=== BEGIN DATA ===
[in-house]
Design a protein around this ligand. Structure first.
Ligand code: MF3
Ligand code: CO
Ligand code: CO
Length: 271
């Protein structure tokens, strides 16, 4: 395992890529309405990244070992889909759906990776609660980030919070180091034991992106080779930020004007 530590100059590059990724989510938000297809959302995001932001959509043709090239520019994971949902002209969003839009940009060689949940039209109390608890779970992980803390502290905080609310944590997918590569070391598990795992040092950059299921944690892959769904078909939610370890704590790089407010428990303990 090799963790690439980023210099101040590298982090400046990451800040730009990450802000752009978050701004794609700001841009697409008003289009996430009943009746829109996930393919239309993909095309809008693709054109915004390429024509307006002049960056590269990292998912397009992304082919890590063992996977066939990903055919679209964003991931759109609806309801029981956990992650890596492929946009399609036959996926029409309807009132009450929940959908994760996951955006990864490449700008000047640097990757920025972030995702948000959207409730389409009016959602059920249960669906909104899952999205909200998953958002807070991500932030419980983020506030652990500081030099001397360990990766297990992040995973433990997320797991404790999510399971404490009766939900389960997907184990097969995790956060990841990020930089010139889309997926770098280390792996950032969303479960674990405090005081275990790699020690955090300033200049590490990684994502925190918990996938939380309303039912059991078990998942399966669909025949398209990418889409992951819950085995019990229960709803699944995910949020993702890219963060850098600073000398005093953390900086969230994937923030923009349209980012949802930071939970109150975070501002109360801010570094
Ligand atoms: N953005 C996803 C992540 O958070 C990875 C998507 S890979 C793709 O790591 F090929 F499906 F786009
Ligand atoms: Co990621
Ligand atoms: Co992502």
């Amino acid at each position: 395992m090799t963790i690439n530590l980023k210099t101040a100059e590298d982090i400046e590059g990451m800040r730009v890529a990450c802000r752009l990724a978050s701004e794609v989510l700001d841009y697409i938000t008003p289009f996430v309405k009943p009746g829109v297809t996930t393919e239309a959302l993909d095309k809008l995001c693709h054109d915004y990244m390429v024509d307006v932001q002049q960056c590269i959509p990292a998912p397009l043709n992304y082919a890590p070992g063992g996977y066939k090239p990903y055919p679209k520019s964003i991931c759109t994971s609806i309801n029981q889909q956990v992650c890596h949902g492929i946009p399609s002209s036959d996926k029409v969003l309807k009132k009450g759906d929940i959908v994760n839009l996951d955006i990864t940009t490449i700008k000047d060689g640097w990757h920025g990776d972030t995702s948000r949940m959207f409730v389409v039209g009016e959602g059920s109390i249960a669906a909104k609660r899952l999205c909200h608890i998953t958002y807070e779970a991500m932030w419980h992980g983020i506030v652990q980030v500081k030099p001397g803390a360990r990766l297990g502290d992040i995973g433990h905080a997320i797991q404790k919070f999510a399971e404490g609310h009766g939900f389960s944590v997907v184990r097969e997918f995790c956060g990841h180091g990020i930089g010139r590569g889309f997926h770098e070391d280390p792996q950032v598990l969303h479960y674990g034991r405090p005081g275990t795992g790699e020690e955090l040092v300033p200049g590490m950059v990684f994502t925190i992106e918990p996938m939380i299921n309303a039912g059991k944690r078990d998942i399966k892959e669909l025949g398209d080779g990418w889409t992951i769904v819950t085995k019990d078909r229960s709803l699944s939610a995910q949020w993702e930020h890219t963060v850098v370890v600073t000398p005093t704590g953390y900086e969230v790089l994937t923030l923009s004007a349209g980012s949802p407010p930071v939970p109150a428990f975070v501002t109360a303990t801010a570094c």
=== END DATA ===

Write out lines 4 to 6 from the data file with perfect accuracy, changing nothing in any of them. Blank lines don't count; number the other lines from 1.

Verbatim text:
Ligand code: CO
Ligand code: CO
Length: 271